Ken Starr, the prosecutor who led Whitewater’s remorseless investigation into then-President Bill Clinton and whose case report revealed intimate details of Clinton’s extramarital sex, died Tuesday in Houston following complications from surgery. He was 76 years old.
His death was announced by his family in statement.
Nominated by former President Ronald Reagan to a seat on the United States Court of Appeals for the District of Washington, D.C., Starr served as U.S. Solicitor General under President George W. Bush. He attracted the most public attention – political opponents would call a disgrace – as an independent adviser to the Clinton administration. Starr was originally assigned to investigate the suicide of White House Deputy Counsel Vince Foster and Clinton’s investment in Whitewater real estate.
The investigation will expand to cover much more than its original intent: After Clinton denied having a “sexual relationship” with former trainee Monica Lewinsky, charges of perjury led to the president’s impeachment. Clinton was subsequently acquitted in a US Senate trial.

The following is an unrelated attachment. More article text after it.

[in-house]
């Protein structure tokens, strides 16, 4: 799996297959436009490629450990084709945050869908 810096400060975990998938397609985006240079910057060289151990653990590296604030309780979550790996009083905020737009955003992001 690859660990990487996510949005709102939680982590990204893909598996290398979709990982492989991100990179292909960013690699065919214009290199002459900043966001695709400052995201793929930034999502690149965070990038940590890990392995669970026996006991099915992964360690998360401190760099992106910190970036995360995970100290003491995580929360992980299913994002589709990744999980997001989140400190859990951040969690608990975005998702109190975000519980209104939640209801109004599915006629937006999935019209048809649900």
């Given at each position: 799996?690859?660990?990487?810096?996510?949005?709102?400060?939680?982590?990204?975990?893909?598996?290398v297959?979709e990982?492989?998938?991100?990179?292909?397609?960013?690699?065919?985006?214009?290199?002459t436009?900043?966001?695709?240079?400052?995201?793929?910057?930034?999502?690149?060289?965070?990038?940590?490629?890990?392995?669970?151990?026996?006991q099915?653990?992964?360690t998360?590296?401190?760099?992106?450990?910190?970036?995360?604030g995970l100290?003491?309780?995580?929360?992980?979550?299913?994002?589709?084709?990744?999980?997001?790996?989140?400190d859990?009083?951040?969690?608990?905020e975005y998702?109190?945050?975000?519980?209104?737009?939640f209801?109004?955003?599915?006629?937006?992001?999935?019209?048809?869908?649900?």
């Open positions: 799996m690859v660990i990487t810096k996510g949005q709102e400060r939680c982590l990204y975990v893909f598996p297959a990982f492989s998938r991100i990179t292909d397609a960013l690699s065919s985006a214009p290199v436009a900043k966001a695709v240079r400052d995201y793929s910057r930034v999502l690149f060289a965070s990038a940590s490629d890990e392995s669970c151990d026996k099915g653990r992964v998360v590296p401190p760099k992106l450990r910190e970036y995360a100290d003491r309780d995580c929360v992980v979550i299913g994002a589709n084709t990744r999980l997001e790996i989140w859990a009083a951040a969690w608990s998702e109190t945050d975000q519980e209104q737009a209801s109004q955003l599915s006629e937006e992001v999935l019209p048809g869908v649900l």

After more than four years of investigation, Starr filed a Starr report that included ominous details that would become part of the ’90s zeitgeist, including, as evidence, Lewinsky Gap’s blue dress, which Starr said had traces of Clinton’s DNA, and the essence of the matter. for countless late-night jokes on the talk show.
Starr is survived by wife Alice Mendell Starr, 52, children Randall P. Starr, Caroline S. Doolittle, and Cynthia S. Roemer, their spouses, and nine grandchildren.
In a statement on behalf of the family, son Randall Starr said: “We are deeply saddened by the loss of our dear and loving father and grandfather, whom we admired for his amazing work ethic but who always put his family first. The love, energy, sweet sense of humor and hilarious interest that dad showed to each of us was truly special and we cherish the many wonderful memories we were able to share with him. Now he is with his Lord and Savior.”
Starr will be buried at the Texas State Cemetery in Austin.